Scientists to test whether Zika can kill brain cancer cells

Scientists in Britain plan to harness the Zika virus to try to kill brain tumor cells in experiments that they say could lead to new ways to fight an aggressive type of cancer.

The research will focus on glioblastoma, the most common form of brain cancer, which has a five-year survival rate of barely 5 percent, according to Reuters.

Zika causes severe disability in babies by attacking developing stem cells in the brain - but in adults, whose brains are fully formed, it often causes no more than mild flu-like symptoms.

New species of bus-sized fossil marine reptile

A new species of a fossil pliosaur (large predatory marine reptile from the 'age of dinosaur') has been found and profoundly change how we understand the evolution of the group, says scientists.

Spanning more than 135 Ma during the 'Age of Dinosaurs', plesiosaur marine reptiles represent one of longest-lived radiations of aquatic tetrapods and certainly the most diverse one. Plesiosaurs possess an unusual body shape not seen in other marine vertebrates with four large flippers, a stiff trunk, and a highly varying neck length.

Barking mad? Dogs can ‘talk’ to humans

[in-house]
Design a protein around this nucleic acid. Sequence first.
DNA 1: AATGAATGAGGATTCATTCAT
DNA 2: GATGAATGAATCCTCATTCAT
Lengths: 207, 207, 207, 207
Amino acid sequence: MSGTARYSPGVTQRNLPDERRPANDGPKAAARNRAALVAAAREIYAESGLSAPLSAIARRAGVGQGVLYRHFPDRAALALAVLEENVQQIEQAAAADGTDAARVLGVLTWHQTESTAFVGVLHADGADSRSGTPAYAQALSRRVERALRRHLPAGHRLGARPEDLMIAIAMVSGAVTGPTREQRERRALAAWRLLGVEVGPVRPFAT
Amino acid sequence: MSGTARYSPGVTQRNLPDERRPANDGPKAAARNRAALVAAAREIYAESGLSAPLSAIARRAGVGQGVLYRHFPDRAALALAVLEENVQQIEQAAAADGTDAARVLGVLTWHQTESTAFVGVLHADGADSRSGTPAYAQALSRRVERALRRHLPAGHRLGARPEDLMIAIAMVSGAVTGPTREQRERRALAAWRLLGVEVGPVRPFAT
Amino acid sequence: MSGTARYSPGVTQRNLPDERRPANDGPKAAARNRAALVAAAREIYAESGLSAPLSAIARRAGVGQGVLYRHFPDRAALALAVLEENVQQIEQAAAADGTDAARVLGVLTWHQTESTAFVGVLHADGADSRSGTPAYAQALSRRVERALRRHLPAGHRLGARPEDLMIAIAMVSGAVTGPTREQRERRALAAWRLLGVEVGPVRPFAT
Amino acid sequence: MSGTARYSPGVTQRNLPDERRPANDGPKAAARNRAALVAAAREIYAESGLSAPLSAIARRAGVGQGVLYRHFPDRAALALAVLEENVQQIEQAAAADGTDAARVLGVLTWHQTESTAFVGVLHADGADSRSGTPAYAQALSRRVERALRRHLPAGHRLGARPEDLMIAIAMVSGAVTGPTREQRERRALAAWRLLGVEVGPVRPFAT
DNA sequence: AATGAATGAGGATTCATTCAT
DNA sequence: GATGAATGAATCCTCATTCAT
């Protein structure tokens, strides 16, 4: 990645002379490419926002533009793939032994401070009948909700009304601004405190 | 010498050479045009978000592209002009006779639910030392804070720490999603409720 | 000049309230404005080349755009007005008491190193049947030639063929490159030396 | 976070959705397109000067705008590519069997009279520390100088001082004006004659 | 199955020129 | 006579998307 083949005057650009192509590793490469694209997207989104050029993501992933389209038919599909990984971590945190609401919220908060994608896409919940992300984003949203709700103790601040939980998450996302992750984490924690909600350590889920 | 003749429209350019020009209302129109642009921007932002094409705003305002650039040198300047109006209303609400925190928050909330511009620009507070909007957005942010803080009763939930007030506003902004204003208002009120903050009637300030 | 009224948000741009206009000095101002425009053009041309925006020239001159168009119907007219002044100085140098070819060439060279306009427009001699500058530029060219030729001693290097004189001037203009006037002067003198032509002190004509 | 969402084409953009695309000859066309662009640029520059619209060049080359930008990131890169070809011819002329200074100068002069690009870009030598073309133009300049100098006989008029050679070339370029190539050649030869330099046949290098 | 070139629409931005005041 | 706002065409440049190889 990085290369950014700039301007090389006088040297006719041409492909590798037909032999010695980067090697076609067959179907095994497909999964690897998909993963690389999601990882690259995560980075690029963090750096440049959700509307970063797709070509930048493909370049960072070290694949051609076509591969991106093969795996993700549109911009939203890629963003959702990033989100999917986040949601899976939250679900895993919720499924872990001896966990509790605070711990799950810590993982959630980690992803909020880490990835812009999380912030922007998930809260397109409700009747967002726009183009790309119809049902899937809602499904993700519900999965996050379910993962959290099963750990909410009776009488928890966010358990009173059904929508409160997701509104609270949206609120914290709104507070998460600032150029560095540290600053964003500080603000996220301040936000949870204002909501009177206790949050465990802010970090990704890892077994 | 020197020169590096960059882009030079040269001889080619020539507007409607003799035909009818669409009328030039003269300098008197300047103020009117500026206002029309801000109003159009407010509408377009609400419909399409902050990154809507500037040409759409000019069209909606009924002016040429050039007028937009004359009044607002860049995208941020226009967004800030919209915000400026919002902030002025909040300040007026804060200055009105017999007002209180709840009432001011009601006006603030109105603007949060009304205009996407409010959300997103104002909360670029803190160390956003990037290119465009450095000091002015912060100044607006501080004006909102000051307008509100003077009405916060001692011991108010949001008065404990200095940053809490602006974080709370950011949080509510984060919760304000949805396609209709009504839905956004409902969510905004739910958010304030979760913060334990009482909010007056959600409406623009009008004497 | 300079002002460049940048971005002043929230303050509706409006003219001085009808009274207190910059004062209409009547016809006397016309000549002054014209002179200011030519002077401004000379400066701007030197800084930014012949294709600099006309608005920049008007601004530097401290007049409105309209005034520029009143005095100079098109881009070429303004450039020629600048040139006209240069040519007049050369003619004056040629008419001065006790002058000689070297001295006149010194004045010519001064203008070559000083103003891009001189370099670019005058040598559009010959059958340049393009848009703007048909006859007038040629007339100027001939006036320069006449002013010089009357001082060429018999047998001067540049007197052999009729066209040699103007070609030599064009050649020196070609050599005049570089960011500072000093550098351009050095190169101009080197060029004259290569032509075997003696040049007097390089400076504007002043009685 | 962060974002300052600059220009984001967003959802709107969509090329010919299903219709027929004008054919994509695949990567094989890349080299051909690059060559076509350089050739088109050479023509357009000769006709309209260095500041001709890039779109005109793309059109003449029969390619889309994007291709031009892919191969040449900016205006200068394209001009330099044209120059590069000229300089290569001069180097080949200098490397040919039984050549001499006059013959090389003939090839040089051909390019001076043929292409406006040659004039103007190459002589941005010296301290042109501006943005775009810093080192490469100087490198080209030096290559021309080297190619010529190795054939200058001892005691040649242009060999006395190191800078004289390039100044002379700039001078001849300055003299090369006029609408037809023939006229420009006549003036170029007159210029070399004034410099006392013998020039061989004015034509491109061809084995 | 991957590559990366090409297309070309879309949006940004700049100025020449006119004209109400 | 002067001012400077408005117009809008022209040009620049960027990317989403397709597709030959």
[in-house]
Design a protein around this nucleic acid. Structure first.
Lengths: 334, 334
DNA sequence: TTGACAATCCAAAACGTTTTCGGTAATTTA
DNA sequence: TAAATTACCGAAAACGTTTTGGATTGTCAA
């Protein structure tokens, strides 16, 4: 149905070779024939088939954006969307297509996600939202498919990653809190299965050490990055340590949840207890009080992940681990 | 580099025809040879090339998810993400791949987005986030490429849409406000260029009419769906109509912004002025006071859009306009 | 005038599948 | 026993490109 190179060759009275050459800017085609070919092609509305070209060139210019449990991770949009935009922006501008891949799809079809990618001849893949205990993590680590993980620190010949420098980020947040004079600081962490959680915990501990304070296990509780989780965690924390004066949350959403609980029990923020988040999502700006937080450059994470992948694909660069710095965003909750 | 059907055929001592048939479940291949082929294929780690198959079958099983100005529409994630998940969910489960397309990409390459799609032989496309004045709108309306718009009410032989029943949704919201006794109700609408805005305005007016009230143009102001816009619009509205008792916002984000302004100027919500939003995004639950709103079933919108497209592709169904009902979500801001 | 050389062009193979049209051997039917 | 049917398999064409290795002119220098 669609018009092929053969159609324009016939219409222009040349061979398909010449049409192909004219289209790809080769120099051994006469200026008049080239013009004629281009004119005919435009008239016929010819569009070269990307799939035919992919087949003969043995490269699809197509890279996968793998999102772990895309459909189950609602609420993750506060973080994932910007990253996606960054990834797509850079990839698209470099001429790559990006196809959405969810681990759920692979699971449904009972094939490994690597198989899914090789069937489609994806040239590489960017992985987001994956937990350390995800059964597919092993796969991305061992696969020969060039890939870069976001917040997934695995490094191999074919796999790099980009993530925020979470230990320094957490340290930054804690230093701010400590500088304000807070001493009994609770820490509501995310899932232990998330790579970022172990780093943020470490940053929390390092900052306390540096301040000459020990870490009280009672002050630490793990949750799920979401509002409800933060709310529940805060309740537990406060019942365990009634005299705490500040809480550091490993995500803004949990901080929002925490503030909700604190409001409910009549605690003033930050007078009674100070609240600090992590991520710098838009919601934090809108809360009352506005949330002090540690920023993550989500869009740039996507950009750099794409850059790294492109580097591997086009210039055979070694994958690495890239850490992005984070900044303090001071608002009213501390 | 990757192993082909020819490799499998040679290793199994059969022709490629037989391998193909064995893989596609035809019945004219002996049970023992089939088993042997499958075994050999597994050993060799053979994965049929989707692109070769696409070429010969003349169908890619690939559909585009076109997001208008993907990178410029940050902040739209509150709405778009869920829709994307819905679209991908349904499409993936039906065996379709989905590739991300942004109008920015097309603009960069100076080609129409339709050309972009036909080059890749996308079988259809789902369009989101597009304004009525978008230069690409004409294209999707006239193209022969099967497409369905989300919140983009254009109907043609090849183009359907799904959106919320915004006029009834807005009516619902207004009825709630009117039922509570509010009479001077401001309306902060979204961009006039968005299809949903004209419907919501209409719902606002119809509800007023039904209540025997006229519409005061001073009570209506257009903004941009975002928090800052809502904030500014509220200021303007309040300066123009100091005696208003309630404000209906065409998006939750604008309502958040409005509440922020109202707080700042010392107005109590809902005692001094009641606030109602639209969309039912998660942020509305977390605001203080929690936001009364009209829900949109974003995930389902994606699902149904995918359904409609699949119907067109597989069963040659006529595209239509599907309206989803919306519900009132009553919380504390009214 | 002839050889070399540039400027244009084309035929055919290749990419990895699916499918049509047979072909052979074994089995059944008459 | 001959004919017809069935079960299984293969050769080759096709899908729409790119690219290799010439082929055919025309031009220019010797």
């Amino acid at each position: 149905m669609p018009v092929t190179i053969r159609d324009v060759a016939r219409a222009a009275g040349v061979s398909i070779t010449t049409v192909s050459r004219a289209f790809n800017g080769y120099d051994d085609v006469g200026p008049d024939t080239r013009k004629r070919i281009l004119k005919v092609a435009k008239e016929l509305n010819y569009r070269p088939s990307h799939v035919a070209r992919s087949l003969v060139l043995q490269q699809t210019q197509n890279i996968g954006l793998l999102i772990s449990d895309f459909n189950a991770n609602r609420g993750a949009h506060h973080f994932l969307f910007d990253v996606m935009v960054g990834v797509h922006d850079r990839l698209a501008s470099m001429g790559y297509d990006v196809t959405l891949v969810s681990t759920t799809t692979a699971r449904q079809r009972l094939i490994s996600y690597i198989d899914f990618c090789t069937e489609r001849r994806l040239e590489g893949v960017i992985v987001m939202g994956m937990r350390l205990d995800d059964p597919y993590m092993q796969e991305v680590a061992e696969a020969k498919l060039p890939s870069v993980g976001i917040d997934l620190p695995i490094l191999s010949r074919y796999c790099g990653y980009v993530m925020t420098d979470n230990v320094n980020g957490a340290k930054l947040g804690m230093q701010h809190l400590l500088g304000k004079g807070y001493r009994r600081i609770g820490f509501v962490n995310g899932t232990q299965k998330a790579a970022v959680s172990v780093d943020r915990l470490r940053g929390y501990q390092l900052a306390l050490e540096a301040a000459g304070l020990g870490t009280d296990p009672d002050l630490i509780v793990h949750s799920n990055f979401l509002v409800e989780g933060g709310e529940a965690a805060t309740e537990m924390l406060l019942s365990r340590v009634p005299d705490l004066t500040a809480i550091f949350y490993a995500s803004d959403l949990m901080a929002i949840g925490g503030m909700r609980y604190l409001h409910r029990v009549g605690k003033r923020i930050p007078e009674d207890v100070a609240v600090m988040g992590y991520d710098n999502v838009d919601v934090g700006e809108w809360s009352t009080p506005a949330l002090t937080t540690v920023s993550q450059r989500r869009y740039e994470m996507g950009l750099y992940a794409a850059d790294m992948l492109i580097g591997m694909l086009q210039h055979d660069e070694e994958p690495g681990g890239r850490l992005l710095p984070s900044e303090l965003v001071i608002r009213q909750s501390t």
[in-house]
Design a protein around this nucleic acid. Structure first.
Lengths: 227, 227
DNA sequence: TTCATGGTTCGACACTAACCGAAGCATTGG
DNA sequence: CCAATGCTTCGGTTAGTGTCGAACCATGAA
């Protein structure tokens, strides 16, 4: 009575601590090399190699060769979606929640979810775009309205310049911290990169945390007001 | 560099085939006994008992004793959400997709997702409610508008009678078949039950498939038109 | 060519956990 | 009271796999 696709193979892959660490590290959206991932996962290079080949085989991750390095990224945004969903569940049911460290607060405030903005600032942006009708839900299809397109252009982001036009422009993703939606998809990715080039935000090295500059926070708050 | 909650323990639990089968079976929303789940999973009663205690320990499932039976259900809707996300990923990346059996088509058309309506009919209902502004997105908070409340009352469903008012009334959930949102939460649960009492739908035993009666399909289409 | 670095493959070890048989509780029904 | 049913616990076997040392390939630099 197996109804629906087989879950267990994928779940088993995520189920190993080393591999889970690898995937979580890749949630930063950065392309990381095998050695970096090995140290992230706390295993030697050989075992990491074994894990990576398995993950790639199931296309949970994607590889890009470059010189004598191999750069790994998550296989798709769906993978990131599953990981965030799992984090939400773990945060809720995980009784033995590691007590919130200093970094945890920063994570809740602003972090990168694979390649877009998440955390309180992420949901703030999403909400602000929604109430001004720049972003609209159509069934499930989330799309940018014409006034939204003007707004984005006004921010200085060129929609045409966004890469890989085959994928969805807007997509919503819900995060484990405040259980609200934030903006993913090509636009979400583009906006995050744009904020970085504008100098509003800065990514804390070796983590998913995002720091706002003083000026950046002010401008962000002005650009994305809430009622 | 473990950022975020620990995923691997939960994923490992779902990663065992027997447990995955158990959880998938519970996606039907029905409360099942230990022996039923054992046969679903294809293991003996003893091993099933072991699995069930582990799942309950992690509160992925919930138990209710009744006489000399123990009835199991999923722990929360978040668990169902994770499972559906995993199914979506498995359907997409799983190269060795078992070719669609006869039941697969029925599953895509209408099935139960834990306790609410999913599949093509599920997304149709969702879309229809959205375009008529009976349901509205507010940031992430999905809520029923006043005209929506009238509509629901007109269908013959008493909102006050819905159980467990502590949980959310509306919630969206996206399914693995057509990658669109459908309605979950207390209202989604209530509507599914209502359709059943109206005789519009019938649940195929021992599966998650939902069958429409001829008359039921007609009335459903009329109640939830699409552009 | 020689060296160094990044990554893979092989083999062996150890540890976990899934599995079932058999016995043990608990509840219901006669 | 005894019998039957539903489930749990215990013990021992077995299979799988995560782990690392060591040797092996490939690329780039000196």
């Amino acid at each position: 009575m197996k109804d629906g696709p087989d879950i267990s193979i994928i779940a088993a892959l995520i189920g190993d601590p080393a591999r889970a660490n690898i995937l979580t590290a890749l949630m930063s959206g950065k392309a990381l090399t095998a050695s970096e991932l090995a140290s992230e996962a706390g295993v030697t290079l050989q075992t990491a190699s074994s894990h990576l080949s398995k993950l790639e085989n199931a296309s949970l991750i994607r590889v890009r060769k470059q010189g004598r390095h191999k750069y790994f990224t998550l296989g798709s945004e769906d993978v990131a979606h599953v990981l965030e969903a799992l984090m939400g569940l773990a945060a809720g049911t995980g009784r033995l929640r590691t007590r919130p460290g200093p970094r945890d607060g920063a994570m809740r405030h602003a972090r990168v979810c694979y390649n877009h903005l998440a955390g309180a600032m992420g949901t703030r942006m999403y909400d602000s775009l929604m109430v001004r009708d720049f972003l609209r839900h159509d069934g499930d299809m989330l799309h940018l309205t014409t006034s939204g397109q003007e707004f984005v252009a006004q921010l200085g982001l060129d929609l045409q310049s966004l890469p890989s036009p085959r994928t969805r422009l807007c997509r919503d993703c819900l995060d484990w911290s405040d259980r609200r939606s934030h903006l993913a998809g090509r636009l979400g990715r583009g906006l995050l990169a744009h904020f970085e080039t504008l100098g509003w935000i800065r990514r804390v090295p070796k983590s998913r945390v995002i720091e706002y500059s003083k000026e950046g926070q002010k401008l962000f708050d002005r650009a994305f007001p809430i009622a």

While it may not come as much of a surprise to doting dog owners the world over, a new study has suggested that man’s best friend can make us humans understand what they mean through their variety of barks and growls.

Researchers enlisted a group of 40 volunteers to listen to a variety of dog growls during numerous tasks, according to RT.

A total of 18 different dogs were recorded guarding their food, playing a game of tug of war, and facing a threatening stranger.

Warm-bloodedness may have developed 20 million years earlier than previously thought

Researchers have long speculated that the 'body heater' in land animals evolved some 270 million years ago, according to Daily mail

However, new evidence has suggested that warm-bloodedness may have come about 20 to 30 million years earlier.

After analyzing the ancient bones of a long-extinct land animal that lived 300 million years ago, the team discovered its fossilized remains had the same bone form found in today's land mammals

The breakthrough research was conducted by a team, who looked at humerus bones and femurs of long-extinct animals – specifically the mammal predecessor Ophiacodon that lived 300 million years ago.

NASA probe Juno completes latest flyby of gas giant Jupiter

NASA’s Juno spacecraft collected more crucial data during its latest flyby of Jupiter, the probe’s fifth science orbit since beginning its monumental mission.

Juno’s many onboard instruments collected various forms of data during the close flyby. These readings will be returned to Earth for analysis along with images captured by the spacecraft’s JunoCam, according to RT.

The spacecraft got closest to the center of the gas giant at about 2,200 miles (3,500km) above Jupiter’s “mysterious cloud tops” – the secrets of which, NASA believes, the flyby will help reveal.